Women are having babies at an older age. I conjecture that the rising cost of living, excruciating job market, and lack of resources are contributing factors. Because of post-pandemic circumstances, I too will be a part of that pool. I will break the cultural and generational expectation to have a child before the age of 30. The Centers for Disease Control and Prevention found that birth rates have declined across the country in recent years. According to Excelencia in Education’s 2020 data, only 8% of Latinas earned a master’s degree, and 1% earned a doctorate degree from Hispanic Serving Institutions (HSIs).
During your baby’s development, he or she will eventually be ready to transition from breast milk or formula to solid foods.
Introducing your baby to new tastes and textures is an exciting experience that can be both rewarding and challenging for newbie moms like me. If you’re feeling overwhelmed or unsure about how to introduce solid foods to your baby, you’re not alone.
I’ve always had a love-hate relationship with Barbie. She was blonde, thin, tall, the Americanized standard of beauty. As a young woman growing up in the early 1970s, Barbie made me feel ugly. I was nothing like her idealized beauty as a Brown, curvy, petite woman. I kinda hated Barbie because I knew I would never look like her. It took me into my 20s to see in myself that Brown is beautiful too.
I have deeply always had a need for a place. I think that ties back directly to being a Cuban American and not being able to visit Cuba. I have the understanding that my father and his family were displaced and we moved around a lot for his career, so it took 18 tries before we found home. For me, that was not just a connection to home ownership and prosperity but really a need to have a place and to set down roots. We needed to have roots over having prosperity. Ultimately, when we did put down roots and my father had arrived at a successful career and it reflected our values and our aesthetic, it did become a sign of prosperity.
We asked and you answered. Here are some key takeaways from responses we got to the question about what feels most urgent to Angelenos as the new mayor’s policies and priorities take shape. That’s why LAist launched a 12-question survey during L.A. Mayor Karen Bass’ first three months in office to understand what you think her administration should tackle first.
So this Mother’s Day I want to acknowledge all the women who technically aren’t mothers but who mother. They are hermanas, tías and amigas. Some of them like me wanted children but weren’t able to have them. Others have chosen not to have them. Let’s honor their choices too and their right to make that choice.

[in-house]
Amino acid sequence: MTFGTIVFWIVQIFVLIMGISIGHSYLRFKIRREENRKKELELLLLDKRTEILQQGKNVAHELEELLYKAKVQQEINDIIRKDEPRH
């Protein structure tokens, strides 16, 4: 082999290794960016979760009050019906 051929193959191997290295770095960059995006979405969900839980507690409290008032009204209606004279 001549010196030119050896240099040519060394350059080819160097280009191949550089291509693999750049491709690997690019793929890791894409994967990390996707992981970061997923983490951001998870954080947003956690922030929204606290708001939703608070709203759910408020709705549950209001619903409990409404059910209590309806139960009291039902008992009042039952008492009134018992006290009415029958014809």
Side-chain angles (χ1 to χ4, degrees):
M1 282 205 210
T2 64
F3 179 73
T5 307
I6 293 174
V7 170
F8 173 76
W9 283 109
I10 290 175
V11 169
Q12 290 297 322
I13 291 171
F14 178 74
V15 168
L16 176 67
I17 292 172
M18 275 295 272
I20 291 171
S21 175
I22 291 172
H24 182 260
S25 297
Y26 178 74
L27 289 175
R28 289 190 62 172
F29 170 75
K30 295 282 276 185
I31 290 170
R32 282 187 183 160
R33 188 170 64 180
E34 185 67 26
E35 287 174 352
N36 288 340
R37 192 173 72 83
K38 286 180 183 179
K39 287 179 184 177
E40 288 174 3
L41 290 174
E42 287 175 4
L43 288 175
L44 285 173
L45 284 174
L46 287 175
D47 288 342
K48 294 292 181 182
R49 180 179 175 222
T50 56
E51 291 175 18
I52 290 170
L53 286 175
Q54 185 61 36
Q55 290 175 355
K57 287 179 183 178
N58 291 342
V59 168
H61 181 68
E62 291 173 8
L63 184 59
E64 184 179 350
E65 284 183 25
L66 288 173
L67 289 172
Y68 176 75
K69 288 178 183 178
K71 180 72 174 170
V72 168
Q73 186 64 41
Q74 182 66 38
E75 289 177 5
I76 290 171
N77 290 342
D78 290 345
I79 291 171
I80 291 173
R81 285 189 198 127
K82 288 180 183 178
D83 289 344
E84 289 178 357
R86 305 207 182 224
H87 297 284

Reyes, a Harvard-trained physician who specializes in high-risk pregnancies, got into medicine to help women obtain health care, especially underserved or marginalized people who face systemic racism. She’s seen progress, albeit slow, over three decades, yet the number of maternal deaths each year continues to rise. She is s married to Health and Human Services Secretary Xavier Becerra, who is championing the administration’s initiative to require all states to provide Medicaid coverage to mothers for a year after giving birth.
Molina was the first Latina elected to the California State Assembly and served there from 1983-1987, and then became the first Latina elected to the Los Angeles City Council in 1987, followed by being the first Latina elected to the Los Angeles County Board of Supervisors in 1991. She served on the powerful and influential county board for 23 years, retiring in 2014 due to term limits, capping 32 years in public service in the state’s largest city and the second-most populous in the country.
Our birth experiences are often scary and challenging and not what we had expected. Modern medicine has made C-sections possible. And I will forever be grateful for having that option, it ultimately saved my baby’s life. It can be difficult to deal with things that don’t go as planned, especially when you are a first-time mother who is unprepared physically and mentally for a C-section birth. Not to mention all the things you need after the surgery to take care of the wound.
At a young age, Lilly Travieso became fascinated with the world of sports, specifically softball. As she began playing the sport throughout her early years in grade school, she soon realized she wanted to continue pursuing softball at higher and more competitive levels. She was eager to play the sport in college.
At the current rate Latinas won’t earn equal pay until 2197. That’s 174 years if you do the math. That means maybe your Latina granddaughter might achieve equal pay before she retires. The pay gap amounts to a loss of nearly $1.2 million over a 40-year career, according to The National Women’s Law Center.
I should have researched more before my first birthing experience so that I could have been mentally prepared. Truthfully, no one is ever prepared to give birth for the first time, and I understand that now because it’s not an easy task. Because it ultimately saved my baby’s life, I don’t regret getting a C-section.